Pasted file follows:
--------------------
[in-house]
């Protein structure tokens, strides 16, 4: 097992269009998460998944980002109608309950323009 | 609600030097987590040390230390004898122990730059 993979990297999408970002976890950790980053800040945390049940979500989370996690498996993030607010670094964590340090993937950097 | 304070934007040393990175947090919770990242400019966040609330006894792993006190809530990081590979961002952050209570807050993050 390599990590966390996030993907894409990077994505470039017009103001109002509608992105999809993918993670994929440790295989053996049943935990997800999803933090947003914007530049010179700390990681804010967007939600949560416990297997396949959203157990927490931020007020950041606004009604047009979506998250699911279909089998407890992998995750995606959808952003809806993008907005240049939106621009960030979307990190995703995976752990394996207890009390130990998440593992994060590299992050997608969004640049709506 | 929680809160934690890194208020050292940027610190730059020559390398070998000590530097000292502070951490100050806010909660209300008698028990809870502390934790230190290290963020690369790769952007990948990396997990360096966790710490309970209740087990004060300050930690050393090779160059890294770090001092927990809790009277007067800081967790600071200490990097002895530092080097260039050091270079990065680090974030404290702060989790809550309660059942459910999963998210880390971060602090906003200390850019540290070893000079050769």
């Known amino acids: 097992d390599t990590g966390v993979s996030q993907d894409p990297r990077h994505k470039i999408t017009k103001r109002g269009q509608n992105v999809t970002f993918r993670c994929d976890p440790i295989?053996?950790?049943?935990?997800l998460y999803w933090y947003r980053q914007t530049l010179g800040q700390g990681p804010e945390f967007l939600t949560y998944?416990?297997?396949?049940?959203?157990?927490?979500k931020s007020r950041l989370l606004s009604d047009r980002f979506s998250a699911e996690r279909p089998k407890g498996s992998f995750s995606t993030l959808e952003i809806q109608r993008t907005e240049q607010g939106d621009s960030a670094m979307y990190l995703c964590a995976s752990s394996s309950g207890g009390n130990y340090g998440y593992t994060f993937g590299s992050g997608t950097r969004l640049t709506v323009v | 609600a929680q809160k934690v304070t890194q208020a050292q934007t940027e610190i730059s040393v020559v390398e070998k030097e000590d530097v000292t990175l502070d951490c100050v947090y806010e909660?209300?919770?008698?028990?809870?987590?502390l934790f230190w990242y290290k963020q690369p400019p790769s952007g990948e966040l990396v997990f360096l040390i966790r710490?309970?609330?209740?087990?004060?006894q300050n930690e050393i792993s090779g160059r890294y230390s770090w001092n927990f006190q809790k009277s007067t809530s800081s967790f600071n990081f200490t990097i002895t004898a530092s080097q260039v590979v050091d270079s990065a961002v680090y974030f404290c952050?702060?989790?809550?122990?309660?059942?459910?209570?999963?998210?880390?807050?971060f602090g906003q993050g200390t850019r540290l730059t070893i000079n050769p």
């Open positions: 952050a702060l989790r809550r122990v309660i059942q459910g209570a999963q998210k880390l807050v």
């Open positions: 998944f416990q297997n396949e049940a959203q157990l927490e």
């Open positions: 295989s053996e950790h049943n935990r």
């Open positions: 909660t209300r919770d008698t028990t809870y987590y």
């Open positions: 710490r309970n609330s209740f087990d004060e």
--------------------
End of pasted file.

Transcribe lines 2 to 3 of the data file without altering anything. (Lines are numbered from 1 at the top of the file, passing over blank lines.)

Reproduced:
């Protein structure tokens, strides 16, 4: 097992269009998460998944980002109608309950323009 | 609600030097987590040390230390004898122990730059 993979990297999408970002976890950790980053800040945390049940979500989370996690498996993030607010670094964590340090993937950097 | 304070934007040393990175947090919770990242400019966040609330006894792993006190809530990081590979961002952050209570807050993050 390599990590966390996030993907894409990077994505470039017009103001109002509608992105999809993918993670994929440790295989053996049943935990997800999803933090947003914007530049010179700390990681804010967007939600949560416990297997396949959203157990927490931020007020950041606004009604047009979506998250699911279909089998407890992998995750995606959808952003809806993008907005240049939106621009960030979307990190995703995976752990394996207890009390130990998440593992994060590299992050997608969004640049709506 | 929680809160934690890194208020050292940027610190730059020559390398070998000590530097000292502070951490100050806010909660209300008698028990809870502390934790230190290290963020690369790769952007990948990396997990360096966790710490309970209740087990004060300050930690050393090779160059890294770090001092927990809790009277007067800081967790600071200490990097002895530092080097260039050091270079990065680090974030404290702060989790809550309660059942459910999963998210880390971060602090906003200390850019540290070893000079050769």
């Known amino acids: 097992d390599t990590g966390v993979s996030q993907d894409p990297r990077h994505k470039i999408t017009k103001r109002g269009q509608n992105v999809t970002f993918r993670c994929d976890p440790i295989?053996?950790?049943?935990?997800l998460y999803w933090y947003r980053q914007t530049l010179g800040q700390g990681p804010e945390f967007l939600t949560y998944?416990?297997?396949?049940?959203?157990?927490?979500k931020s007020r950041l989370l606004s009604d047009r980002f979506s998250a699911e996690r279909p089998k407890g498996s992998f995750s995606t993030l959808e952003i809806q109608r993008t907005e240049q607010g939106d621009s960030a670094m979307y990190l995703c964590a995976s752990s394996s309950g207890g009390n130990y340090g998440y593992t994060f993937g590299s992050g997608t950097r969004l640049t709506v323009v | 609600a929680q809160k934690v304070t890194q208020a050292q934007t940027e610190i730059s040393v020559v390398e070998k030097e000590d530097v000292t990175l502070d951490c100050v947090y806010e909660?209300?919770?008698?028990?809870?987590?502390l934790f230190w990242y290290k963020q690369p400019p790769s952007g990948e966040l990396v997990f360096l040390i966790r710490?309970?609330?209740?087990?004060?006894q300050n930690e050393i792993s090779g160059r890294y230390s770090w001092n927990f006190q809790k009277s007067t809530s800081s967790f600071n990081f200490t990097i002895t004898a530092s080097q260039v590979v050091d270079s990065a961002v680090y974030f404290c952050?702060?989790?809550?122990?309660?059942?459910?209570?999963?998210?880390?807050?971060f602090g906003q993050g200390t850019r540290l730059t070893i000079n050769p």